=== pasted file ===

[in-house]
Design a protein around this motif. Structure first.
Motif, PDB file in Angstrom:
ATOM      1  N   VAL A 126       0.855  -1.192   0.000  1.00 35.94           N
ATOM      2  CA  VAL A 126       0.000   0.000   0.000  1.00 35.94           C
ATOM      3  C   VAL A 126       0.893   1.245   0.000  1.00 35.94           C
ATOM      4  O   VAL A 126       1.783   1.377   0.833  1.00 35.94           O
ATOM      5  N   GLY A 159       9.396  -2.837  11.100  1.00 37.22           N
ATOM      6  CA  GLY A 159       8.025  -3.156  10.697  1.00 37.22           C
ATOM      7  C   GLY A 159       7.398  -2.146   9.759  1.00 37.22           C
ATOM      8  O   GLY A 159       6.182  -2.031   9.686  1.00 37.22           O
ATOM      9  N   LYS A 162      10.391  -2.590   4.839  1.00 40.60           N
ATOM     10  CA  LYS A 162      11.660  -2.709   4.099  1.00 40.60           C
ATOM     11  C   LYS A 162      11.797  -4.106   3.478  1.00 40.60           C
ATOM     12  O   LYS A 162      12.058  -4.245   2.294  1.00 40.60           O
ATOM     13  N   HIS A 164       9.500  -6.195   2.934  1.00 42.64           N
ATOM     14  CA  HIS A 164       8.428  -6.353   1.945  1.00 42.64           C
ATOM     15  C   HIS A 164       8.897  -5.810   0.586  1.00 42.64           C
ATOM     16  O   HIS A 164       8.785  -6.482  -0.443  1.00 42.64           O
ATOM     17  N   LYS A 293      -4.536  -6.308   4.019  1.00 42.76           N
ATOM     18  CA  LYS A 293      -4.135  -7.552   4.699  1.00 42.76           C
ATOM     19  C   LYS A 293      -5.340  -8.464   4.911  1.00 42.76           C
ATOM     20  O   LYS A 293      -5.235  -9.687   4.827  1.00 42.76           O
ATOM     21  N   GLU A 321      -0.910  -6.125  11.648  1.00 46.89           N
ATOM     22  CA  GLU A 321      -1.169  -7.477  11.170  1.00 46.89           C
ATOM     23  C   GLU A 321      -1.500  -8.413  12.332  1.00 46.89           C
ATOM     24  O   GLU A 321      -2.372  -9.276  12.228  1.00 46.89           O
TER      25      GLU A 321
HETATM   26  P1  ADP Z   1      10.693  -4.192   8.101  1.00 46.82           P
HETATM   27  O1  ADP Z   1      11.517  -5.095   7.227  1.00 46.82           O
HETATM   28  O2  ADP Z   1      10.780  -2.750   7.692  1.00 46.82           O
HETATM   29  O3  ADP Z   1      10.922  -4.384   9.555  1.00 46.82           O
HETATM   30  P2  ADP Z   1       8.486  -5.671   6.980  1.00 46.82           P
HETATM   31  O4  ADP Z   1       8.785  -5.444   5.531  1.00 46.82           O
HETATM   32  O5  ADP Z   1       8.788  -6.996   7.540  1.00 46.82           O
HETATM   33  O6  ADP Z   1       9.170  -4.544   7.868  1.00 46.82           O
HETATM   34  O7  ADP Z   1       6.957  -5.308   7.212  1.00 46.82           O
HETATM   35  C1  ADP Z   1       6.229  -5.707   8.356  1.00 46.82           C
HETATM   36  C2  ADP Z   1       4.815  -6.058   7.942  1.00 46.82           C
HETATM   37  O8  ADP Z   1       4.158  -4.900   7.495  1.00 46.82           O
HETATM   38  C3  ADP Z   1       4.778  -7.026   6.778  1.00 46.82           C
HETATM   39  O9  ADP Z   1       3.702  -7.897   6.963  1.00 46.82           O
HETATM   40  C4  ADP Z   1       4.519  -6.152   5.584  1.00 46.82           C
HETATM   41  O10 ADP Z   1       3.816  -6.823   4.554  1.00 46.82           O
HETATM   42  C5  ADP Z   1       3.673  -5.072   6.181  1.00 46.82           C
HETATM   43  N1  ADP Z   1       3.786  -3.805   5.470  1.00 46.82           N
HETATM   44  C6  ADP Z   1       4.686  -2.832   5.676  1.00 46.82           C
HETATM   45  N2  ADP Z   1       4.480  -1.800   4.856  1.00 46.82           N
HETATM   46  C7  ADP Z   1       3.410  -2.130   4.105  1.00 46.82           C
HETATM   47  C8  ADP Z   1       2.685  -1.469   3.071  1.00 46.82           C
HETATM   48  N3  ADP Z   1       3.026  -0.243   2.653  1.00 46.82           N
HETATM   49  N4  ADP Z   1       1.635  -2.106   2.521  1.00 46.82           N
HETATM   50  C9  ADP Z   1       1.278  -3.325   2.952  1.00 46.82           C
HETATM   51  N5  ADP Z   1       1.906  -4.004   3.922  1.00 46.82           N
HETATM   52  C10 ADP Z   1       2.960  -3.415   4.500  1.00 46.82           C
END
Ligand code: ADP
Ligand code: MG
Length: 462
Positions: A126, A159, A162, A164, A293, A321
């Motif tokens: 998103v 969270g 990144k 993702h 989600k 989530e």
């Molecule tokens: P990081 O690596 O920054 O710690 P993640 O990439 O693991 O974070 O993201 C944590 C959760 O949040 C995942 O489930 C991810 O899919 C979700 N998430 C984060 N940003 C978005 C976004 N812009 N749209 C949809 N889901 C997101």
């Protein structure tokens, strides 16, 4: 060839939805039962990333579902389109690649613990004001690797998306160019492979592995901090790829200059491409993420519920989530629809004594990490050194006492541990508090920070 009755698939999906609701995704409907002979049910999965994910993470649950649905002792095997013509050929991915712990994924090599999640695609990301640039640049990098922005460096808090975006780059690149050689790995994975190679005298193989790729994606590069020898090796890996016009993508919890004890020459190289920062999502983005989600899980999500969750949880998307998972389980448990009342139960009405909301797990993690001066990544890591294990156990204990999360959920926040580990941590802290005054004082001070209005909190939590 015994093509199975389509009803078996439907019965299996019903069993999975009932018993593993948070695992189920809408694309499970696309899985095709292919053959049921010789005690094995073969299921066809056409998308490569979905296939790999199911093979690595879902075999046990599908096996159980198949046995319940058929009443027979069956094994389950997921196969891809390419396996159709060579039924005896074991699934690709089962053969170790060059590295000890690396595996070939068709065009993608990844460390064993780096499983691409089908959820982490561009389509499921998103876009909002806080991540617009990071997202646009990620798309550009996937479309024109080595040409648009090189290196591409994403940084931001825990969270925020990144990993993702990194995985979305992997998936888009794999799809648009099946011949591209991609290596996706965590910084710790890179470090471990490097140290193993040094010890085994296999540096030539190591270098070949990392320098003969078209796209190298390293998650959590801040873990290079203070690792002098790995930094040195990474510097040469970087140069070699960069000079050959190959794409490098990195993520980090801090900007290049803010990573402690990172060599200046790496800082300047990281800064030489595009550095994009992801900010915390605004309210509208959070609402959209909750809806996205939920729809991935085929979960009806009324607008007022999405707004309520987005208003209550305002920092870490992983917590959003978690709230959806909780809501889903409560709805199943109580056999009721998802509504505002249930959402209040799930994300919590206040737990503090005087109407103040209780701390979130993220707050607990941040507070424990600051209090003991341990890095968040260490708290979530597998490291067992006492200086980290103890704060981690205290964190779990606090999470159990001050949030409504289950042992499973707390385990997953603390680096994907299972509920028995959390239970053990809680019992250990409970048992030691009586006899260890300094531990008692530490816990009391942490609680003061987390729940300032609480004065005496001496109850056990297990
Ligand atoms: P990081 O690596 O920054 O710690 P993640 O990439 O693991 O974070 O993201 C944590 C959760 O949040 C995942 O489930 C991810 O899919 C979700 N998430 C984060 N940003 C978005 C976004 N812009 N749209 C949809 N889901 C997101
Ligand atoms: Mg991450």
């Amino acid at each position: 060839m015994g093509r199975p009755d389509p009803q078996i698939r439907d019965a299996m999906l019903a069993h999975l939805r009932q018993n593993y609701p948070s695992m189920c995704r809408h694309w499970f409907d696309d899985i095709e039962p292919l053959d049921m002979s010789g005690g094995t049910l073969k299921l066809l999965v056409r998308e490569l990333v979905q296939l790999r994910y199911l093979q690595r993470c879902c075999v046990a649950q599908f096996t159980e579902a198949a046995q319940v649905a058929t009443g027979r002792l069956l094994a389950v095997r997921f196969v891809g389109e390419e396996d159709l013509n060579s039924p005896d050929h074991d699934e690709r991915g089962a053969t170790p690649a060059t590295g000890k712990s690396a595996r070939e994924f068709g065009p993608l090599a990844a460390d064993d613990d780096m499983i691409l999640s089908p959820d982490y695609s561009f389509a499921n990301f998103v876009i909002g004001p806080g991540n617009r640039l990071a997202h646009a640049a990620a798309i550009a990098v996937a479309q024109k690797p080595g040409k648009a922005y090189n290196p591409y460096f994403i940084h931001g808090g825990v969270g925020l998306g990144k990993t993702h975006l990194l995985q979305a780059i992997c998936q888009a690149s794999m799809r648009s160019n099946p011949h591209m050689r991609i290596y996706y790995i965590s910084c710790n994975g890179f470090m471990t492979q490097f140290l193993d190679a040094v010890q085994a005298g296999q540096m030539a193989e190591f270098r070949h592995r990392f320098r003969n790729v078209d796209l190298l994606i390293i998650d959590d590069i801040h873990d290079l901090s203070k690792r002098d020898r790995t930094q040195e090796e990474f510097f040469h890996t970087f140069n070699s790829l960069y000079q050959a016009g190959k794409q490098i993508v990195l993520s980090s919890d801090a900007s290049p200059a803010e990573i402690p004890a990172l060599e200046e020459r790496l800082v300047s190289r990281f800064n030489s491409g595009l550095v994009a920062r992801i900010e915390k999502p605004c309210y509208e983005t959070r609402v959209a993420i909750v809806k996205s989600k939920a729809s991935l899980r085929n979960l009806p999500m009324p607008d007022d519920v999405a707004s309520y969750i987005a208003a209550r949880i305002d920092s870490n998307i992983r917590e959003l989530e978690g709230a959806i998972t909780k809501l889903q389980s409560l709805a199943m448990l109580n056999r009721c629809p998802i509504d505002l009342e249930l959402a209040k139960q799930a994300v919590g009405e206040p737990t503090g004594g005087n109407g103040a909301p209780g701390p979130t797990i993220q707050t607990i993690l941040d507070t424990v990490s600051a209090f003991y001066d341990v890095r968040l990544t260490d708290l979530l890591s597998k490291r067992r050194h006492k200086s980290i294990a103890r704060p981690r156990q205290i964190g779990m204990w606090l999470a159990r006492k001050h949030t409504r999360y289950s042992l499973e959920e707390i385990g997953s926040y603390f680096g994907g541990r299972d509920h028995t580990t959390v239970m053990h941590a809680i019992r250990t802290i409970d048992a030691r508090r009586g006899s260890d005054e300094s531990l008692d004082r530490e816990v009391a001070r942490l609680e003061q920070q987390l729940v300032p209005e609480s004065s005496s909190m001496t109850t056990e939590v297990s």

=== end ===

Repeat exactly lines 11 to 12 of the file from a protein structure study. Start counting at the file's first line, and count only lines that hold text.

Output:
ATOM      8  O   GLY A 159       6.182  -2.031   9.686  1.00 37.22           O
ATOM      9  N   LYS A 162      10.391  -2.590   4.839  1.00 40.60           N